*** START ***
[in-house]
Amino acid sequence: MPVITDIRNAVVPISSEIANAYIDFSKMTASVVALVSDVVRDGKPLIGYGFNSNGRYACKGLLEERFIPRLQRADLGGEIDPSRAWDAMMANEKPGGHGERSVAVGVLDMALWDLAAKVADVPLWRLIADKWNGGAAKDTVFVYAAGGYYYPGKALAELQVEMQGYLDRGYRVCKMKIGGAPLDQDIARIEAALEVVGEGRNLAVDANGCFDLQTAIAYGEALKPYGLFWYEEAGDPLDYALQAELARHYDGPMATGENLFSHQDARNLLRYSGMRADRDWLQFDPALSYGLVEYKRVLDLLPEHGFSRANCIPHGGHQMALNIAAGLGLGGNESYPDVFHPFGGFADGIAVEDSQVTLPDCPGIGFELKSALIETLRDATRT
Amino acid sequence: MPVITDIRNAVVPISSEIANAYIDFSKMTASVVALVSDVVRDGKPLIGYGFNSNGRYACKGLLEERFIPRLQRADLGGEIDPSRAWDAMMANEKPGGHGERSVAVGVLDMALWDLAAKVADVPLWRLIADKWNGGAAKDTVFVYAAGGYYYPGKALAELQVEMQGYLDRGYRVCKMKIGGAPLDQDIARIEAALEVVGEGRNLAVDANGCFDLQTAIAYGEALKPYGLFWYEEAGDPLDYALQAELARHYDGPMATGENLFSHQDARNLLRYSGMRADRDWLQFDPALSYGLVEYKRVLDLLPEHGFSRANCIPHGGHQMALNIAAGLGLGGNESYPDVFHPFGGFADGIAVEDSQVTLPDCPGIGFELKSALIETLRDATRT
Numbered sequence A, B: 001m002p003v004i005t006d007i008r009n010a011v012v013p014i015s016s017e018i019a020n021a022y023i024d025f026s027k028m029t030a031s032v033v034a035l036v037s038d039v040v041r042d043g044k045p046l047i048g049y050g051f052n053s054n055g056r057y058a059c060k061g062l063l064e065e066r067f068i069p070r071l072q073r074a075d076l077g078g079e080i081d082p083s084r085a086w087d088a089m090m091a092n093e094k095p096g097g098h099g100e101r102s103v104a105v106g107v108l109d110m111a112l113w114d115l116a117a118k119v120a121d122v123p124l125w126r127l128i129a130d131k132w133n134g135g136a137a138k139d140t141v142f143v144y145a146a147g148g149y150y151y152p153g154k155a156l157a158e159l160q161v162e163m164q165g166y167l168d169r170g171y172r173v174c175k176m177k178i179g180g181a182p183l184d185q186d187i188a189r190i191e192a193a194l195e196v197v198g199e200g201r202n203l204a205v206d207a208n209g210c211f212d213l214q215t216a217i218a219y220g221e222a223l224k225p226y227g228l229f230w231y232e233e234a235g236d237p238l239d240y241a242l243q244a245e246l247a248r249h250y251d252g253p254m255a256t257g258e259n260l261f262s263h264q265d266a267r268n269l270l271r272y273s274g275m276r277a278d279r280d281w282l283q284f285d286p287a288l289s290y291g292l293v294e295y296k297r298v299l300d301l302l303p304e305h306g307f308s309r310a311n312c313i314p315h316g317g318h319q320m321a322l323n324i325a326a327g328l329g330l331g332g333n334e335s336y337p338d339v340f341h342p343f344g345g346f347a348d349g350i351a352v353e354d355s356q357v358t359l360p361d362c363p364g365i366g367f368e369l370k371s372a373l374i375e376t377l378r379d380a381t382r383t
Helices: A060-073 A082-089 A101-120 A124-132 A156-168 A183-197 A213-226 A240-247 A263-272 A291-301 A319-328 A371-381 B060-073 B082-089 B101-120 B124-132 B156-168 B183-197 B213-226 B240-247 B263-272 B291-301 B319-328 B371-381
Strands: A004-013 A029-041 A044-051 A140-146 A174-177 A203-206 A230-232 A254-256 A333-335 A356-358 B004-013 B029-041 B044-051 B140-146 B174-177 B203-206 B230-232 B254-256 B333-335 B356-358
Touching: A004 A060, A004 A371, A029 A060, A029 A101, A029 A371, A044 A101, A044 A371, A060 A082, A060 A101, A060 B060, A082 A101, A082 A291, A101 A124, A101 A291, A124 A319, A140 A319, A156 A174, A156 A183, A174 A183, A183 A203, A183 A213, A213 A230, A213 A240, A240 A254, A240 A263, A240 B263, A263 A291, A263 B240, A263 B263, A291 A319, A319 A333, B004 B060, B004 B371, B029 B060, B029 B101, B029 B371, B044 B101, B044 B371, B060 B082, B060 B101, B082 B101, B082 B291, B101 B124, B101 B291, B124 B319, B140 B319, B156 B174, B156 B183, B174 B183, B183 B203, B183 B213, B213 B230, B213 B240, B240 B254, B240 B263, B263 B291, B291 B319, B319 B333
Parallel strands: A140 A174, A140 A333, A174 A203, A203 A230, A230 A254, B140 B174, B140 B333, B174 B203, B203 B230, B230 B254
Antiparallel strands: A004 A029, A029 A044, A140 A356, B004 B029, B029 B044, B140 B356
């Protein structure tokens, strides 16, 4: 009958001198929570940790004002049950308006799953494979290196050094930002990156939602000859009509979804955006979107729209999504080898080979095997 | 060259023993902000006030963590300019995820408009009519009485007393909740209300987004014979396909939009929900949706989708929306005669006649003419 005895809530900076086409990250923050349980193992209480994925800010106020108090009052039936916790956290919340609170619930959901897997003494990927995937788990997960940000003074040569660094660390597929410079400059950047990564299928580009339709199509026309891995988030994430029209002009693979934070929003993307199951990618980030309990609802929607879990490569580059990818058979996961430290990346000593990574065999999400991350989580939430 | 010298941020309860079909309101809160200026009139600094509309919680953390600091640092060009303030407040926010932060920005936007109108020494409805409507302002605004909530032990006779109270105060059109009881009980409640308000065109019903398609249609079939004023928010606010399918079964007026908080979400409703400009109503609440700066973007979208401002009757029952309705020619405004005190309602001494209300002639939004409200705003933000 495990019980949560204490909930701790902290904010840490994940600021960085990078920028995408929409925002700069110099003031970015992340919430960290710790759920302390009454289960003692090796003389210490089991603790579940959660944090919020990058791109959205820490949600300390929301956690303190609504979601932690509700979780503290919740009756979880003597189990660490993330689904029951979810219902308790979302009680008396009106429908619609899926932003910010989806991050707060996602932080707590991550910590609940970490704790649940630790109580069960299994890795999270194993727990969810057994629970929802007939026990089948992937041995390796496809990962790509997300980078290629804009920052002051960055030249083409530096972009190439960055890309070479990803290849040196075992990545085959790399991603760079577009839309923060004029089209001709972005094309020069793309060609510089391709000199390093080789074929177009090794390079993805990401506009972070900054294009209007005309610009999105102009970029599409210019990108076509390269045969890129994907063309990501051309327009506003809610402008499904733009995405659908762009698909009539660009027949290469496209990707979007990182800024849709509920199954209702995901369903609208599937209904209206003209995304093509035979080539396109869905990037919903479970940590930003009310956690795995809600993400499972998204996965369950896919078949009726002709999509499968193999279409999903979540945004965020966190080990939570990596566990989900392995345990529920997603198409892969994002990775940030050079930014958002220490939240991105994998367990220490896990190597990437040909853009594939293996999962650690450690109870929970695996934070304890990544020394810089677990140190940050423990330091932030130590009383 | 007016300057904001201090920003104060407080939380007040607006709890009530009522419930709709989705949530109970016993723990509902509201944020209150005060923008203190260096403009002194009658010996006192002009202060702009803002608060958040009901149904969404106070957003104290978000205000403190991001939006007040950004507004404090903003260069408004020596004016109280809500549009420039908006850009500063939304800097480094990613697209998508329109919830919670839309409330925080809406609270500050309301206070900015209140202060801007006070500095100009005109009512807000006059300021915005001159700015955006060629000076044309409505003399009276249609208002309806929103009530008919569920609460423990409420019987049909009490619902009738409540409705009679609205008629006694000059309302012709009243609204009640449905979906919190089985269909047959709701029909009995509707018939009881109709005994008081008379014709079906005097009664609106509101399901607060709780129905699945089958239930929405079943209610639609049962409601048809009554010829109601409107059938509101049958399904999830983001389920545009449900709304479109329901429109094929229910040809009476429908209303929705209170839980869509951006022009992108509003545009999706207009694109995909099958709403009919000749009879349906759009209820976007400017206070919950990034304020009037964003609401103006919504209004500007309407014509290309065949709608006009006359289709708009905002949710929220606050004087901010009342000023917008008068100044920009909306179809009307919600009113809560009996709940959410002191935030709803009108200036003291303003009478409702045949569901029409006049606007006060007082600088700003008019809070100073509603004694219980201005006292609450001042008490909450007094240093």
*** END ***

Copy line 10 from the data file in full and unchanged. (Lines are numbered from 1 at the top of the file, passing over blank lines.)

């Protein structure tokens, strides 16, 4: 009958001198929570940790004002049950308006799953494979290196050094930002990156939602000859009509979804955006979107729209999504080898080979095997 | 060259023993902000006030963590300019995820408009009519009485007393909740209300987004014979396909939009929900949706989708929306005669006649003419 005895809530900076086409990250923050349980193992209480994925800010106020108090009052039936916790956290919340609170619930959901897997003494990927995937788990997960940000003074040569660094660390597929410079400059950047990564299928580009339709199509026309891995988030994430029209002009693979934070929003993307199951990618980030309990609802929607879990490569580059990818058979996961430290990346000593990574065999999400991350989580939430 | 010298941020309860079909309101809160200026009139600094509309919680953390600091640092060009303030407040926010932060920005936007109108020494409805409507302002605004909530032990006779109270105060059109009881009980409640308000065109019903398609249609079939004023928010606010399918079964007026908080979400409703400009109503609440700066973007979208401002009757029952309705020619405004005190309602001494209300002639939004409200705003933000 495990019980949560204490909930701790902290904010840490994940600021960085990078920028995408929409925002700069110099003031970015992340919430960290710790759920302390009454289960003692090796003389210490089991603790579940959660944090919020990058791109959205820490949600300390929301956690303190609504979601932690509700979780503290919740009756979880003597189990660490993330689904029951979810219902308790979302009680008396009106429908619609899926932003910010989806991050707060996602932080707590991550910590609940970490704790649940630790109580069960299994890795999270194993727990969810057994629970929802007939026990089948992937041995390796496809990962790509997300980078290629804009920052002051960055030249083409530096972009190439960055890309070479990803290849040196075992990545085959790399991603760079577009839309923060004029089209001709972005094309020069793309060609510089391709000199390093080789074929177009090794390079993805990401506009972070900054294009209007005309610009999105102009970029599409210019990108076509390269045969890129994907063309990501051309327009506003809610402008499904733009995405659908762009698909009539660009027949290469496209990707979007990182800024849709509920199954209702995901369903609208599937209904209206003209995304093509035979080539396109869905990037919903479970940590930003009310956690795995809600993400499972998204996965369950896919078949009726002709999509499968193999279409999903979540945004965020966190080990939570990596566990989900392995345990529920997603198409892969994002990775940030050079930014958002220490939240991105994998367990220490896990190597990437040909853009594939293996999962650690450690109870929970695996934070304890990544020394810089677990140190940050423990330091932030130590009383 | 007016300057904001201090920003104060407080939380007040607006709890009530009522419930709709989705949530109970016993723990509902509201944020209150005060923008203190260096403009002194009658010996006192002009202060702009803002608060958040009901149904969404106070957003104290978000205000403190991001939006007040950004507004404090903003260069408004020596004016109280809500549009420039908006850009500063939304800097480094990613697209998508329109919830919670839309409330925080809406609270500050309301206070900015209140202060801007006070500095100009005109009512807000006059300021915005001159700015955006060629000076044309409505003399009276249609208002309806929103009530008919569920609460423990409420019987049909009490619902009738409540409705009679609205008629006694000059309302012709009243609204009640449905979906919190089985269909047959709701029909009995509707018939009881109709005994008081008379014709079906005097009664609106509101399901607060709780129905699945089958239930929405079943209610639609049962409601048809009554010829109601409107059938509101049958399904999830983001389920545009449900709304479109329901429109094929229910040809009476429908209303929705209170839980869509951006022009992108509003545009999706207009694109995909099958709403009919000749009879349906759009209820976007400017206070919950990034304020009037964003609401103006919504209004500007309407014509290309065949709608006009006359289709708009905002949710929220606050004087901010009342000023917008008068100044920009909306179809009307919600009113809560009996709940959410002191935030709803009108200036003291303003009478409702045949569901029409006049606007006060007082600088700003008019809070100073509603004694219980201005006292609450001042008490909450007094240093």